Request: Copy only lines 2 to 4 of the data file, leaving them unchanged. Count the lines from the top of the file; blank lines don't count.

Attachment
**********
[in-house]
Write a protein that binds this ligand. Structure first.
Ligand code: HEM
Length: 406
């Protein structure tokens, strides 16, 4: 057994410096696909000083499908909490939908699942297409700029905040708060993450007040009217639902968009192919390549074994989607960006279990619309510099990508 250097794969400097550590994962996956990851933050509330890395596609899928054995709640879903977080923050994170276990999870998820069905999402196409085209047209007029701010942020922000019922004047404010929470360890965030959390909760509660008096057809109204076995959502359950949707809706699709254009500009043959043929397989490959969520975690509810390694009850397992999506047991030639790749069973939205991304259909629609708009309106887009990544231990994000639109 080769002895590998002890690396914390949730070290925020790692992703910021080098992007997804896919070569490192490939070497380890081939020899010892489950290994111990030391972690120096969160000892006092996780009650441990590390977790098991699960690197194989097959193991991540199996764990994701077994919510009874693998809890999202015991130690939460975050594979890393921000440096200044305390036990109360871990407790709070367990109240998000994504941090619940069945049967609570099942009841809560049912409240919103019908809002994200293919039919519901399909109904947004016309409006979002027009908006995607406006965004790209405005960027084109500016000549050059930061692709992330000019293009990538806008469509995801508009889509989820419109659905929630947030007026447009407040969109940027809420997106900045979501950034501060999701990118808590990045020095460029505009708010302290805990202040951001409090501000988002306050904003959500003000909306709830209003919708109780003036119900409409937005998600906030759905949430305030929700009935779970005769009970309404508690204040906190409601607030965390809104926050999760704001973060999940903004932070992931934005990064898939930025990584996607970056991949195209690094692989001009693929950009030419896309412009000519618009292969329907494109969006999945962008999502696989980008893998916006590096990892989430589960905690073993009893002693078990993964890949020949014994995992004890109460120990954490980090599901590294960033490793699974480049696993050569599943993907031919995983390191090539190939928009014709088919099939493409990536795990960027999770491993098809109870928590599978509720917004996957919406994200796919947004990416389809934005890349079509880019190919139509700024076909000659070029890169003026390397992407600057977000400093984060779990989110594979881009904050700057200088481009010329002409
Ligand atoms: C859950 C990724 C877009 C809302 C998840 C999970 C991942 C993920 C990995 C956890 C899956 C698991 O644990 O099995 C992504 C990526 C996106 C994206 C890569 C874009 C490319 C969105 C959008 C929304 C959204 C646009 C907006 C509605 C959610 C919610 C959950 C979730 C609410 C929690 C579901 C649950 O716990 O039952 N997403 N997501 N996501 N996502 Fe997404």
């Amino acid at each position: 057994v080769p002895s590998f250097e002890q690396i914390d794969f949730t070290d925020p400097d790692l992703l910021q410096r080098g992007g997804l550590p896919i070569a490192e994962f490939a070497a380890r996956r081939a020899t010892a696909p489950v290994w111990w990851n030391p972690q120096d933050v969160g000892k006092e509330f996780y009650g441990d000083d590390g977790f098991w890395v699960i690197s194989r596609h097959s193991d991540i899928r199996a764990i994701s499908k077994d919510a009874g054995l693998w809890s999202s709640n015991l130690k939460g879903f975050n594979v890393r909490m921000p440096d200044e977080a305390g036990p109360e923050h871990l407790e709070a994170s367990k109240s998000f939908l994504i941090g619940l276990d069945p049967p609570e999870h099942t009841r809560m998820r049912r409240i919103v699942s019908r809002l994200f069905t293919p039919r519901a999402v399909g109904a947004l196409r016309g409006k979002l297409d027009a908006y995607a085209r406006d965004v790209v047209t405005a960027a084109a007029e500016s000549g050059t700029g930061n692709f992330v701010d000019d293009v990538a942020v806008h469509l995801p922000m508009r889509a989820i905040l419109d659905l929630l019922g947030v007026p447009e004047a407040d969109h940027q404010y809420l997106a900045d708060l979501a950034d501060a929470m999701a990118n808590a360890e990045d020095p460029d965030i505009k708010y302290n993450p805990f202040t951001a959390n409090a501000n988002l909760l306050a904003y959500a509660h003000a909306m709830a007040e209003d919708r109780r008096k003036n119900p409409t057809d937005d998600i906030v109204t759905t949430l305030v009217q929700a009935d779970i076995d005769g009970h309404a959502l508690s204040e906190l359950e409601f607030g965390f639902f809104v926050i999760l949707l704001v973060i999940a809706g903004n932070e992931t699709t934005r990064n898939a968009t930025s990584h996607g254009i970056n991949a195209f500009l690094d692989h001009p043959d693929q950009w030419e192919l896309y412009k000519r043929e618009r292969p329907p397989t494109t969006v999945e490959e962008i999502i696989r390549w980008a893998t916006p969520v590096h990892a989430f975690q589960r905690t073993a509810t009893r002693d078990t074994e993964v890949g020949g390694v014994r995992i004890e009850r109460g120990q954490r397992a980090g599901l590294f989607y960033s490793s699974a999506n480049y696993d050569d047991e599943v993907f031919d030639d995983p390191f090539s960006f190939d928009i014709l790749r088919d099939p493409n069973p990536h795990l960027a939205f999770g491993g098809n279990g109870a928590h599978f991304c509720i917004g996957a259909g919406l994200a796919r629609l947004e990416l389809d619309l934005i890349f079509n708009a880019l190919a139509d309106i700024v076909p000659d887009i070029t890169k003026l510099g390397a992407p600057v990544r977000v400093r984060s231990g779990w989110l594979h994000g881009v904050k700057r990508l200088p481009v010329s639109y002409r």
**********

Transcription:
Write a protein that binds this ligand. Structure first.
Ligand code: HEM
Length: 406